In addition, the Budget announced that the Coalition Government will from April 2011 end the obligation to purchase an annuity by the age of 75. There will be a consultation process on the detail of how this will be implemented. Persons turning 75 on or after 22 June 2010 will be subject to transitional rules which will enable them to defer purchasing an annuity until after the new rules are in place.
Taxation of Non-Domiciliaries
The Coalition Agreement, made between the Conservative and Liberal Democrat parties for their five-year term of government, set out the intention of the Coalition Government to review the taxation of non-domiciled individuals. The Budget restated this intention and indicated that the aim of the review is to “assess whether changes can be made to the current rules to ensure that non-domiciled individuals make a fair contribution to reducing the deficit, in return for greater certainty and stability for those bringing skills and investment to the UK.” There is no indication of the likely timing of such a review.
Value Added Tax (VAT)
The rate of VAT will increase from 4 January 2011 to 20 per cent.
The income tax personal allowance will be increased by £1,000 for the tax year 2011/12 to £7,475. The Coalition Government will introduce other measures which will have the effect that the increase in the personal allowance will only benefit basic rate taxpayers and will not benefit higher rate taxpayers.
Together with Germany and France, the United Kingdom will introduce a Bank Levy based on the level of risk indicated on an institution’s balance sheet. Broadly speaking, it is proposed that the levy will apply to UK banks, building societies and overseas banks operating in the United Kingdom. Further details of the legislation will be published later in the year.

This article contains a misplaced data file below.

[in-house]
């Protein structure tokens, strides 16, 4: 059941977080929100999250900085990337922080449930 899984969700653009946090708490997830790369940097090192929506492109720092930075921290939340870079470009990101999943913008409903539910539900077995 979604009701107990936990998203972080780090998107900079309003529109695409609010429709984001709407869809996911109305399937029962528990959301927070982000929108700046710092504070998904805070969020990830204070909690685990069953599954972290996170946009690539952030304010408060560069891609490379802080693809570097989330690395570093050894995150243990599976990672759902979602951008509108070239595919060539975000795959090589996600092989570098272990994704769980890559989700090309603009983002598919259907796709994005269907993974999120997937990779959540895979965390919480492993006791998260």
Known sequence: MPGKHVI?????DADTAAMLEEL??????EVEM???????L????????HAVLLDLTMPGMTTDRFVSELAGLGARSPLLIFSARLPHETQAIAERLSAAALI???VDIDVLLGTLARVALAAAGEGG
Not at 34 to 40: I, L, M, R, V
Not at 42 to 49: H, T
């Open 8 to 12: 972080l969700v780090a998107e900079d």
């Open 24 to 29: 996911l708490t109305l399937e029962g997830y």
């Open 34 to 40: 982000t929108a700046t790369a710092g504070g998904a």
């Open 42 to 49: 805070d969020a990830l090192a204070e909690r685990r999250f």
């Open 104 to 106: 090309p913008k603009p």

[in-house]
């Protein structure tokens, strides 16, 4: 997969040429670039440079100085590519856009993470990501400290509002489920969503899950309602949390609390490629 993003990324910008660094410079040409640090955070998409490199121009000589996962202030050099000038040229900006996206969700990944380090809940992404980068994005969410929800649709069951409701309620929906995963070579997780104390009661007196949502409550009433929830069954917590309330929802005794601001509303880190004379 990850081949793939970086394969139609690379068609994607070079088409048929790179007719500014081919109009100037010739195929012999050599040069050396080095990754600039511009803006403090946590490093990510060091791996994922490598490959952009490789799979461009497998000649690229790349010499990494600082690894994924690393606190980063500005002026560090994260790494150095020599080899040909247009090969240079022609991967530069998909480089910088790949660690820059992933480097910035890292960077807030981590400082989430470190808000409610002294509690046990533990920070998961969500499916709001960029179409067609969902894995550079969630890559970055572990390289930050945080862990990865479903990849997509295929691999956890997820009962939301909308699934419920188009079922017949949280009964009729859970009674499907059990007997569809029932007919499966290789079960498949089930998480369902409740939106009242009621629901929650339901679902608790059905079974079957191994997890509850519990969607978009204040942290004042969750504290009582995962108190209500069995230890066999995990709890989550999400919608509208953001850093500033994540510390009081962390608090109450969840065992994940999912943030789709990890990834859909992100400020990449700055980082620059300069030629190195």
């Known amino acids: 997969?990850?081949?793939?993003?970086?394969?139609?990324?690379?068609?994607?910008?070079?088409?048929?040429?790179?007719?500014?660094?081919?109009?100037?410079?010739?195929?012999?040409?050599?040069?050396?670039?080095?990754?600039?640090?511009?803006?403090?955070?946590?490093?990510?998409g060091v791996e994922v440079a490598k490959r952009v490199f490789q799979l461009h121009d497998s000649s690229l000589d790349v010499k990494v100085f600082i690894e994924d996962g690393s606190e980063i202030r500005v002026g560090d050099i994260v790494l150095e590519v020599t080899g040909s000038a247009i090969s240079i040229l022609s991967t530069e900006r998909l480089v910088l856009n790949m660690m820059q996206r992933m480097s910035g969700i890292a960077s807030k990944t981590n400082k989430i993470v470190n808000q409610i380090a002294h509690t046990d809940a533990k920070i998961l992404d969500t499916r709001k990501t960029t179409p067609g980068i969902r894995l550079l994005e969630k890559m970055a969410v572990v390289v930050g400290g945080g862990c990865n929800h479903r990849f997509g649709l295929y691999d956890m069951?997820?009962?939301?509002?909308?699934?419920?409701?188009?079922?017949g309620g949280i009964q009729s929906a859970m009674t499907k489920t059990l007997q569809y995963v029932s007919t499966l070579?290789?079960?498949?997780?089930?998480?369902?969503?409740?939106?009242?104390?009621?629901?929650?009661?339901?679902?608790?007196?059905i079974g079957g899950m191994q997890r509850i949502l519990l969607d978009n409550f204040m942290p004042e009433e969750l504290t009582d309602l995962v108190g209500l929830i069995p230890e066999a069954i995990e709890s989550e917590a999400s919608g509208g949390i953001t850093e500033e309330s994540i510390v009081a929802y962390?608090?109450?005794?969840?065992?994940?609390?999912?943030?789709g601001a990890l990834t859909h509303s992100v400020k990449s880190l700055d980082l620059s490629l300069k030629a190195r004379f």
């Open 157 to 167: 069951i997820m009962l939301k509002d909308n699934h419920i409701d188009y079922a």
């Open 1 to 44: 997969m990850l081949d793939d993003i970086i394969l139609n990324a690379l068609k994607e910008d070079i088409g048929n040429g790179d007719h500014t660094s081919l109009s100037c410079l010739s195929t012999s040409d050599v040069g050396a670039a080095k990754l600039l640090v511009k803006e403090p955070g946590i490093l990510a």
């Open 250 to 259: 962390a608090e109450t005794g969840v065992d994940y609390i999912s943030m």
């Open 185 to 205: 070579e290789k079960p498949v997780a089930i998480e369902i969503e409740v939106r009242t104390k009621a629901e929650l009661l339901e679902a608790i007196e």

Measures Affecting Employee Benefit Trusts (EBTs) and Similar Arrangements
The Budget confirmed that the Coalition Government intends to introduce legislation from 6 April 2011 to tackle arrangements between employers and employees using trusts and other vehicles to avoid, defer or reduce liabilities to income tax and national insurance contributions. This is likely to have a significant impact on existing EBTs and other arrangements.
There will be a formal consultation over the summer on bringing Inheritance Tax as it applies to trusts within the regime for the Disclosure of Tax Avoidance Schemes.
The Budget did not announce any changes to the thresholds and rates applicable for Inheritance Tax. The nil rate band remains at £325,000.
Stamp Duty Land Tax (SDLT)
The Coalition Agreement contained a statement that the Coalition Government would develop the Liberal Democrat manifesto proposals on tackling tax avoidance. These included a proposal to prevent the avoidance of SDLT by holding UK land via company and/or trust structures. No such proposals have made their way into the Budget.
The new 5 per cent rate, introduced in the Labour Government’s Finance Act, remains. From 6 April 2011 purchasers of properties where the consideration will be £1 million or more will pay SDLT at the rate of 5 per cent.
Statutory Residence Test
As anticipated, there was no further information on the likely timing or detail of a comprehensive statutory residence test.